Option 2: a statutory corporate NHS body model that additionally brings CCG statutory functions into the ICS.
There is a clear preference in the paper for Option 2. Under this model the current GP-led CCG model would disappear and CCG functions would move into ICSs. ICSs would instead be governed by a board consisting of representatives from the ‘system partners’, including, as a minimum, representatives of NHS providers, primary care and local government.
Under Option 2, ‘many commissioning functions for which NHSE is currently responsible could be transferred or delegated to the ICS’. Critically, it also anticipates allocating ‘combined population-level primary care, community health services and specialised services population budgets to ICSs under this option. There is no doubt that these proposals are very far reaching and, if adopted by the government, will see a radical change to the NHS in England. They will also open the door to a very different role for primary care and we will analyse these changes in a separate blog.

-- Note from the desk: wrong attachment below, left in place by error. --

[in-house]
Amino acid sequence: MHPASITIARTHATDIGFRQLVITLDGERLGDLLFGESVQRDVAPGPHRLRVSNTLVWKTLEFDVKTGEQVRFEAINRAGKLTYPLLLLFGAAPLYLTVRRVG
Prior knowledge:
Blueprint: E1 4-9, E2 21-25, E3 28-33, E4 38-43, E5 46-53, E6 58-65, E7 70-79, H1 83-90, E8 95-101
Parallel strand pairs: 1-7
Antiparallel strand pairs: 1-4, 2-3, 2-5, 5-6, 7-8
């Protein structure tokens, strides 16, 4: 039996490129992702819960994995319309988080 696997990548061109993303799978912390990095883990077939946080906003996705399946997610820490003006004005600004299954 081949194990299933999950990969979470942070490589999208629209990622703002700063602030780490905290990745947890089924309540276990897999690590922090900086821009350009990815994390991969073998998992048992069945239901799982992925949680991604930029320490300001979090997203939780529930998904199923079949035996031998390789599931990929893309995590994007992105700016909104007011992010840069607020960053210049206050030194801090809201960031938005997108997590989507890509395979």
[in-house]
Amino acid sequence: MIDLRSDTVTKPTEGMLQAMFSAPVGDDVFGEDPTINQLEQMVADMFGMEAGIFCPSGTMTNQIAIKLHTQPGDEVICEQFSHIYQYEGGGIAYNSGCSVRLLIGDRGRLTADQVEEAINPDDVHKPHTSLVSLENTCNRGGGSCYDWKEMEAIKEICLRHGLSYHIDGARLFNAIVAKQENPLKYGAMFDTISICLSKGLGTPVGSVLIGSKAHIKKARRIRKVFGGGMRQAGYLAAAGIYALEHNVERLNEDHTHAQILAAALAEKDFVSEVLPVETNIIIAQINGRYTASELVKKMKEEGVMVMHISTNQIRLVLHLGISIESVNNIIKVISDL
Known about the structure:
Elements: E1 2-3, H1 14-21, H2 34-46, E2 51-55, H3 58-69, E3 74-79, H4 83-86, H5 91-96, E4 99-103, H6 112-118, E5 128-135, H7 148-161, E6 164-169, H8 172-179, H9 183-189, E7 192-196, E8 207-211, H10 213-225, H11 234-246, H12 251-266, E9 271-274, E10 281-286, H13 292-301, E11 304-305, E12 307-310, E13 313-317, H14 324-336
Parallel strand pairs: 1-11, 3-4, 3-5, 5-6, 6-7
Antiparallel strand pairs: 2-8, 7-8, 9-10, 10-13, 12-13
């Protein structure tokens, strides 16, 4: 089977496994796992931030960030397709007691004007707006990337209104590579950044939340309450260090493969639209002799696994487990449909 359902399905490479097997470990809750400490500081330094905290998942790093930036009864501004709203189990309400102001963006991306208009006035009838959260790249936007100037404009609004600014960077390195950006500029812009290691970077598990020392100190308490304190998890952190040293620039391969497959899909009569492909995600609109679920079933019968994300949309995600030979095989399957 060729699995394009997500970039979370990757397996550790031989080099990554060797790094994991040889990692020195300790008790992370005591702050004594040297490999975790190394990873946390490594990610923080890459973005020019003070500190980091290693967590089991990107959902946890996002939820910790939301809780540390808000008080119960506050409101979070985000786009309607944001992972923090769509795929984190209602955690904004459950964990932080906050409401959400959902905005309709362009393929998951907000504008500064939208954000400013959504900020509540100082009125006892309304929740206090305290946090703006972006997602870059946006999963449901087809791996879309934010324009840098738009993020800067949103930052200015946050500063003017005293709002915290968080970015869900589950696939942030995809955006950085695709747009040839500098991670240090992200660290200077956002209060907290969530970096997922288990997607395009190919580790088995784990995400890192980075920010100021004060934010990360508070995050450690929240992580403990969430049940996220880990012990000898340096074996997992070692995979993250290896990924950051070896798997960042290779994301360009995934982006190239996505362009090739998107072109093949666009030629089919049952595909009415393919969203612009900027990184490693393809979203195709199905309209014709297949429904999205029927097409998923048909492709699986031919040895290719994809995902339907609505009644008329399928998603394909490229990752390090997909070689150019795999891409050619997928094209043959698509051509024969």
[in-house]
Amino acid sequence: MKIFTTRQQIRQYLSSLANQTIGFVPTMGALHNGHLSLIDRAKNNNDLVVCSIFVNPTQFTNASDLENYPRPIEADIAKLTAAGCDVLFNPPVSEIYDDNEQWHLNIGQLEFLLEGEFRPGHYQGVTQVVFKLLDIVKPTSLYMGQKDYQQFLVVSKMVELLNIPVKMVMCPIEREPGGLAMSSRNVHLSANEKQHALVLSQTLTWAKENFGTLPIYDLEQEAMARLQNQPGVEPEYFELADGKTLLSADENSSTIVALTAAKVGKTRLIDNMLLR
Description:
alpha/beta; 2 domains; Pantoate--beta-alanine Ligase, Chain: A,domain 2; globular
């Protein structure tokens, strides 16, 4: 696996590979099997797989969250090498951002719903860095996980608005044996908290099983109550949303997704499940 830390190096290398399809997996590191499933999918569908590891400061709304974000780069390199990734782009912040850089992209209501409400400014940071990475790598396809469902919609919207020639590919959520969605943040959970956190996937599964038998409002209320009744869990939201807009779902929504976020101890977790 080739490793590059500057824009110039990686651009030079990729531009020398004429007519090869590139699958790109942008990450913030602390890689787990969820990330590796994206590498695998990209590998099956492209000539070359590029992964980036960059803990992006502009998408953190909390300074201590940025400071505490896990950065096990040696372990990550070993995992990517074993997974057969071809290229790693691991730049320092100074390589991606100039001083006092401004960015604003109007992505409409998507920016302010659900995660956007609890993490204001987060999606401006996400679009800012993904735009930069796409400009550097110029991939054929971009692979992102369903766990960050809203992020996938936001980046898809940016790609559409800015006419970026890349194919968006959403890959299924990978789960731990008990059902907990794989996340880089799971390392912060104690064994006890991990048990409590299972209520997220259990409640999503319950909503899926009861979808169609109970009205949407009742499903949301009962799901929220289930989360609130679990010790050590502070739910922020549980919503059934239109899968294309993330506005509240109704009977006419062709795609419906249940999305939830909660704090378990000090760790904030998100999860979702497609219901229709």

How to respond?
The Consultation poses 4 questions, and asks for responses by 8 January 2021. The questions are all framed as ‘Do you agree thatâ’ so you will need to be clear in your answers if you actually disagree with any of the statements. The four questions are:
1. Do you agree that giving ICSs a statutory footing from 2022, alongside other legislative proposals, provides the right foundation for the NHS over the next decade?
2. Do you agree that option 2 offers a model that provides greater incentive for collaboration alongside clarity of accountability across systems, to Parliament and most importantly, to patients?
3. Do you agree that, other than mandatory participation of NHS bodies and Local Authorities, membership should be sufficiently permissive to allow systems to shape their own governance arrangements to best suit their populations needs?
4. Do you agree, subject to appropriate safeguards and where appropriate, that services currently commissioned by NHSE should be either transferred or delegated to ICS bodies?